- Biddle, John
died Sept. 22, 1662, LondonFather of English Unitarianism.He studied at the University of Oxford and became master of a free school in Gloucester. In 1644 he wrote Twelve Arguments Drawn Out of Scripture, denying the deity of the Holy Spirit. When the manuscript reached church authorities, he was arrested and imprisoned for two years. After its publication in 1647 he was again detained, and copies of the book were burned. His later writings attacked the doctrine of the Holy Trinity. Freed from a third imprisonment in 1652, he began to meet for worship with his adherents, who came to be called Unitarians. After Biddle published his Two-Fold Catechism (1654), Oliver Cromwell prevented his execution by exiling him to the Scilly Isles. He returned in 1658; in 1662 he was again put in prison, where he died.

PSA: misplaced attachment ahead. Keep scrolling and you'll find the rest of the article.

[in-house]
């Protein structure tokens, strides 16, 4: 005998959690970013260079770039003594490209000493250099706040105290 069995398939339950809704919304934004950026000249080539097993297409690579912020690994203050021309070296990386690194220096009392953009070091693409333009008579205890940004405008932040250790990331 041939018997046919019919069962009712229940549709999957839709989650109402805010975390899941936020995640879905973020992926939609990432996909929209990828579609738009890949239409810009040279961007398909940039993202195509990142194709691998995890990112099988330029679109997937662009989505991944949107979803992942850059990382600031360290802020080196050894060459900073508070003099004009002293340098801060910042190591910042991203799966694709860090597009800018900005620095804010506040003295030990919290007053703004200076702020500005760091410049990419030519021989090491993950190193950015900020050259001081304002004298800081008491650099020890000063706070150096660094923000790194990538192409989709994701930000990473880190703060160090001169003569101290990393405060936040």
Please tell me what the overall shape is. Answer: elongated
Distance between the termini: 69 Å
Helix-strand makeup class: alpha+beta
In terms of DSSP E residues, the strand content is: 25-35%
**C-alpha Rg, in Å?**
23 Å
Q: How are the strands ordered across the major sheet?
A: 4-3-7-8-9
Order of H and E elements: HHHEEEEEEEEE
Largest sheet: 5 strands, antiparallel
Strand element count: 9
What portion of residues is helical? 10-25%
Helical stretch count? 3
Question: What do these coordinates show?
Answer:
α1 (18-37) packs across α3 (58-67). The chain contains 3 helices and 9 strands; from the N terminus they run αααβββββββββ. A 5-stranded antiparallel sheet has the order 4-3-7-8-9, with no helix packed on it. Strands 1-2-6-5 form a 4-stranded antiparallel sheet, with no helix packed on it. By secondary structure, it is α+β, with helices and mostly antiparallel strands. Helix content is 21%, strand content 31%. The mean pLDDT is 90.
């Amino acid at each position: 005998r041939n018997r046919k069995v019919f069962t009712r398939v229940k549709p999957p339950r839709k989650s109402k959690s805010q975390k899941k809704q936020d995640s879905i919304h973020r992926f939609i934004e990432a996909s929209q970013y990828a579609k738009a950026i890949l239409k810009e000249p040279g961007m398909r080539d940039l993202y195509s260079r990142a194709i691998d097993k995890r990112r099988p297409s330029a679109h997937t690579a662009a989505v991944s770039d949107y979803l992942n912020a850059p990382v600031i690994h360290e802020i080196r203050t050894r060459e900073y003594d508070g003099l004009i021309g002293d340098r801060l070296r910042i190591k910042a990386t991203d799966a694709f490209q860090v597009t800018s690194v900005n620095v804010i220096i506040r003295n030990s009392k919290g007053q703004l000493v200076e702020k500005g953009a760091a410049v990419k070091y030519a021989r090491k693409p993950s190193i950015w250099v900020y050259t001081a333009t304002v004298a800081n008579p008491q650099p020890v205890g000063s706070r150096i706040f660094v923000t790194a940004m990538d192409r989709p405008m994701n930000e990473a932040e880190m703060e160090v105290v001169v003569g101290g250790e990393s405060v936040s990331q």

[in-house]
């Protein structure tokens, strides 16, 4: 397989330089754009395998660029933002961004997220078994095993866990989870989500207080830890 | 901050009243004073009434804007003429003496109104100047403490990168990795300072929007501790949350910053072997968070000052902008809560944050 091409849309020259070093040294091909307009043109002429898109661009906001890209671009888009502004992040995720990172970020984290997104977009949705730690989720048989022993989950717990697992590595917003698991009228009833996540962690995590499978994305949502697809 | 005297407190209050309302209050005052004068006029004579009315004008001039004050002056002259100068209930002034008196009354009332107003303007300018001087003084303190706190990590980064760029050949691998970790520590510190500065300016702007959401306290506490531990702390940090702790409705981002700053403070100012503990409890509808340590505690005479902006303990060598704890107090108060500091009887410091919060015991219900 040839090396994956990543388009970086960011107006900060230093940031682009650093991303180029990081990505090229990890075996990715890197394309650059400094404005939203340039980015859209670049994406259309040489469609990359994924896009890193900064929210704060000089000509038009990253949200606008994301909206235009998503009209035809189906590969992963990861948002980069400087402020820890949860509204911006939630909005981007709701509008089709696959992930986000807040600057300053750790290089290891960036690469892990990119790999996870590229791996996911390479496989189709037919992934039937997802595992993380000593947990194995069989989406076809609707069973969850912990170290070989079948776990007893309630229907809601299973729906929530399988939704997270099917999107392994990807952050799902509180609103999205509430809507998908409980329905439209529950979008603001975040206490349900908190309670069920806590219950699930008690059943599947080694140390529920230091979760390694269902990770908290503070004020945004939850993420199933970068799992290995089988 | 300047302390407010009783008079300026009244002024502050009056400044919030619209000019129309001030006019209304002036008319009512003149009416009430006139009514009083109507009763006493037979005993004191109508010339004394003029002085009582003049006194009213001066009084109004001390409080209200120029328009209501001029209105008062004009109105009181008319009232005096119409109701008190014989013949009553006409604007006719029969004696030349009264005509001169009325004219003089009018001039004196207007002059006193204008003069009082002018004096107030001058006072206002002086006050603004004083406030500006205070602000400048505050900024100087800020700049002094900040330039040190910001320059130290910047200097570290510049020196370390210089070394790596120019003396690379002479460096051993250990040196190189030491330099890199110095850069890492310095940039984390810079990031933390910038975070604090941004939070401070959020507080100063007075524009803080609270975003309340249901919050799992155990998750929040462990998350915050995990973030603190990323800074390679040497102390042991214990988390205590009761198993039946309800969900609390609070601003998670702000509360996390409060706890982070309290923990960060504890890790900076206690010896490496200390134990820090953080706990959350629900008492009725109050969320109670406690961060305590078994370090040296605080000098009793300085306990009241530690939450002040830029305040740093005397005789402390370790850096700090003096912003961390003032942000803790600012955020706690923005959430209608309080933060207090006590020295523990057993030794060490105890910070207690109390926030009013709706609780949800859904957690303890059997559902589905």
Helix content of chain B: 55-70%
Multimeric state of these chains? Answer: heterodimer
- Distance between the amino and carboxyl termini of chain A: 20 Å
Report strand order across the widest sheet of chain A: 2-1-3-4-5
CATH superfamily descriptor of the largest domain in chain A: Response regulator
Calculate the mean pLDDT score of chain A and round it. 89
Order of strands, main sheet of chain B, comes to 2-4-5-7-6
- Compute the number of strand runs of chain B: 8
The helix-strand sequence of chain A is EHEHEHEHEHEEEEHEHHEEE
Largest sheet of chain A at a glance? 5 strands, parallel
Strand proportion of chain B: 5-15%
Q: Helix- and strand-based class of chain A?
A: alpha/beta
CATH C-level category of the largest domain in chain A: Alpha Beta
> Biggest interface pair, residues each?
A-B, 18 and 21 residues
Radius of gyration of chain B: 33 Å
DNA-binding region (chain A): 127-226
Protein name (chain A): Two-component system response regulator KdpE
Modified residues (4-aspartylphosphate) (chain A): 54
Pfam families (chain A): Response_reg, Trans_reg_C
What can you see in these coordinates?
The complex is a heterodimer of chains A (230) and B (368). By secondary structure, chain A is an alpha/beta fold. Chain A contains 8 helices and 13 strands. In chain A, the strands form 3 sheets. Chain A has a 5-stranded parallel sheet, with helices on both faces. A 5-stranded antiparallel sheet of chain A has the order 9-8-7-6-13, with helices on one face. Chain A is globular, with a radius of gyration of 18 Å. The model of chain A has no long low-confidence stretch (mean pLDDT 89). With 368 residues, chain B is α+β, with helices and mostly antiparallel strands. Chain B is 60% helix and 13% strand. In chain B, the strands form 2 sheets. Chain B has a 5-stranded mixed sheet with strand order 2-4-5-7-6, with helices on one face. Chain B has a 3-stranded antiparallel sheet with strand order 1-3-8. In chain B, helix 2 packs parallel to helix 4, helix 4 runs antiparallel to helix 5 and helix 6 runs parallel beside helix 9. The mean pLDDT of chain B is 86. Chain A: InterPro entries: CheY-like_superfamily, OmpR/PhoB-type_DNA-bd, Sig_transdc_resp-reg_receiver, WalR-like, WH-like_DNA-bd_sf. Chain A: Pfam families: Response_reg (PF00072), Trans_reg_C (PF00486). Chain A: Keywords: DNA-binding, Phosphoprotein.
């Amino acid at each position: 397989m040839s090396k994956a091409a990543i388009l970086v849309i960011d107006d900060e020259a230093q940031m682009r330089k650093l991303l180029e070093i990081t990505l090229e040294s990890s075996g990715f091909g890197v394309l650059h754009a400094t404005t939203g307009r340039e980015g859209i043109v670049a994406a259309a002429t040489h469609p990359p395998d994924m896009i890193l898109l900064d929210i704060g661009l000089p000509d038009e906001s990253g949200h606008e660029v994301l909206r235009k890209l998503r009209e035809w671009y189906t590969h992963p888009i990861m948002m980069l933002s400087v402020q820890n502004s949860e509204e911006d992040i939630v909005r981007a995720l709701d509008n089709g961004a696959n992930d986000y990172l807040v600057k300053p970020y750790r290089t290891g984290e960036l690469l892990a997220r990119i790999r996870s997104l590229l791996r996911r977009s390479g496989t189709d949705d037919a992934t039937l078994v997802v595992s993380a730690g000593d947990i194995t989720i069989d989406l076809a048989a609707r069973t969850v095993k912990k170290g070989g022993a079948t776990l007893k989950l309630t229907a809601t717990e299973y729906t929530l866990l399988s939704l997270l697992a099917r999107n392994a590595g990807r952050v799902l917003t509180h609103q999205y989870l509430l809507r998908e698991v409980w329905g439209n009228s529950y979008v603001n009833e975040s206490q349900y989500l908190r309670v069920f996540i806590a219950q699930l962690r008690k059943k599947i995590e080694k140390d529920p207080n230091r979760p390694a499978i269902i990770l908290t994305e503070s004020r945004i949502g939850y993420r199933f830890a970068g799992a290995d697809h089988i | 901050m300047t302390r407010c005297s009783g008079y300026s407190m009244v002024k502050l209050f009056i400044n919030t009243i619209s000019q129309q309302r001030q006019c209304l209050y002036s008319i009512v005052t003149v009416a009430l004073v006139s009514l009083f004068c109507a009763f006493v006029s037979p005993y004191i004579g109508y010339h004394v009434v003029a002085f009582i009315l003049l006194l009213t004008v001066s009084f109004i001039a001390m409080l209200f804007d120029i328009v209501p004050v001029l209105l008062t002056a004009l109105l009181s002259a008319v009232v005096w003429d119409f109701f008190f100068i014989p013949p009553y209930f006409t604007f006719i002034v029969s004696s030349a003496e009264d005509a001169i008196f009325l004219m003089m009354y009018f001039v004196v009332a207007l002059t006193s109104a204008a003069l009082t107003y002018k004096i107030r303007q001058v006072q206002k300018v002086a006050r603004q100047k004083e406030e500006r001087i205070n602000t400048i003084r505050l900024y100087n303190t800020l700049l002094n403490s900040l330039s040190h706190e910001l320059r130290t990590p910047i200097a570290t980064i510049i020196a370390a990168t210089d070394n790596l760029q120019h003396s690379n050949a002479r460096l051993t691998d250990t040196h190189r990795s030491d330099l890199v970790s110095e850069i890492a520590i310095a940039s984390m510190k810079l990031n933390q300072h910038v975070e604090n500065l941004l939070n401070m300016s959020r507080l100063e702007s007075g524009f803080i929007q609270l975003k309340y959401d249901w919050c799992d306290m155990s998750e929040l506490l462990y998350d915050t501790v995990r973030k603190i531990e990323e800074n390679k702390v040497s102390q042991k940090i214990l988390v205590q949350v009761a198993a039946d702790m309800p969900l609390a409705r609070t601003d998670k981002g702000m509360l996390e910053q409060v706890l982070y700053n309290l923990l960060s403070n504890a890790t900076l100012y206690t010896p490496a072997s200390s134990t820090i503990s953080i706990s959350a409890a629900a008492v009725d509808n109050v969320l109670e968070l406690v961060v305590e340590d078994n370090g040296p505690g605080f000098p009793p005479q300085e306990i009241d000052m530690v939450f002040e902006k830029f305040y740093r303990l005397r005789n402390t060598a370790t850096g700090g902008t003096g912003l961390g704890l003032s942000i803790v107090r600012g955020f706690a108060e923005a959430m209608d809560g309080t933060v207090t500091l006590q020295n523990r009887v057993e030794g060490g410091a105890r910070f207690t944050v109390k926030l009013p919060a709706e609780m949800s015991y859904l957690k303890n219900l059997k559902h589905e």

* * *▪ English theologianborn 1615, Wotton-under-Edge, Gloucestershire, Eng.died Sept. 22, 1662, Londoncontroversial lay theologian who was repeatedly imprisoned for his anti-Trinitarian views and who became known as the father of English Unitarianism (Unitarianism and Universalism).Biddle was educated at the grammar school of his native town in Gloucestershire and at Magdalen Hall, Oxford, being subsequently appointed to the mastership of the free school in Gloucester. His reputation as a heretic in Anglican eyes originated with his manuscript of about 1644, Twelve Arguments Drawn out of Scripture, Wherein the Commonly Received Opinion Touching the Deity of the Holy Spirit Is Clearly and Fully Refuted, which was given to magistrates by a treacherous friend.In 1645 Biddle was summoned before the parliamentary committee, then sitting at Gloucester, and committed to prison. He was released on bail in 1647, but the publication of his manuscript the same year brought another parliamentary inquiry. Biddle was once again taken into custody, and his Twelve Arguments was seized and burned. Two additional tracts were subsequently suppressed for attacking the doctrine that the three Persons of the Trinity—Father, Son, and Holy Ghost—were coequal. Biddle chose to elevate the Father and to consider the other two Persons as subordinate to him. Under pressure from the Westminster Assembly, originally convened to reform the Church of England, Parliament in 1648 made this heresy a cause for the death penalty, but influential friends made it possible for Biddle to live in Staffordshire under surveillance until 1652, when he was again imprisoned.Freed in the same year under the protectorate of Oliver Cromwell (Cromwell, Oliver), Biddle and his adherents, called Biddellians, or Unitarians, began to meet regularly for Sunday worship. For the resemblance of their views to those of the Italian anti-Trinitarian Faustus Socinus (1539–1604), they were also known as Socinians. Soon after Biddle's translation of a biography by S. Przypkowski (Life of Socinus, 1653) and publication of his own Two-Fold Catechism (1654), Biddle was summoned before Parliament in December 1654 and imprisoned; his Catechism was burned by the common hangman. When Parliament was dissolved the next month, Biddle was free briefly but was then rearrested and tried for his heresy. Reluctant to see him executed, Cromwell rescued Biddle and sent him to one of the Scilly Isles in October 1655. In 1658 some of Biddle's friends sought and obtained his release, and he retired to the country to teach. On his return to London as a preacher in 1662 he was again arrested and fined £100. Unable to pay, he was immediately confined to prison, where he died.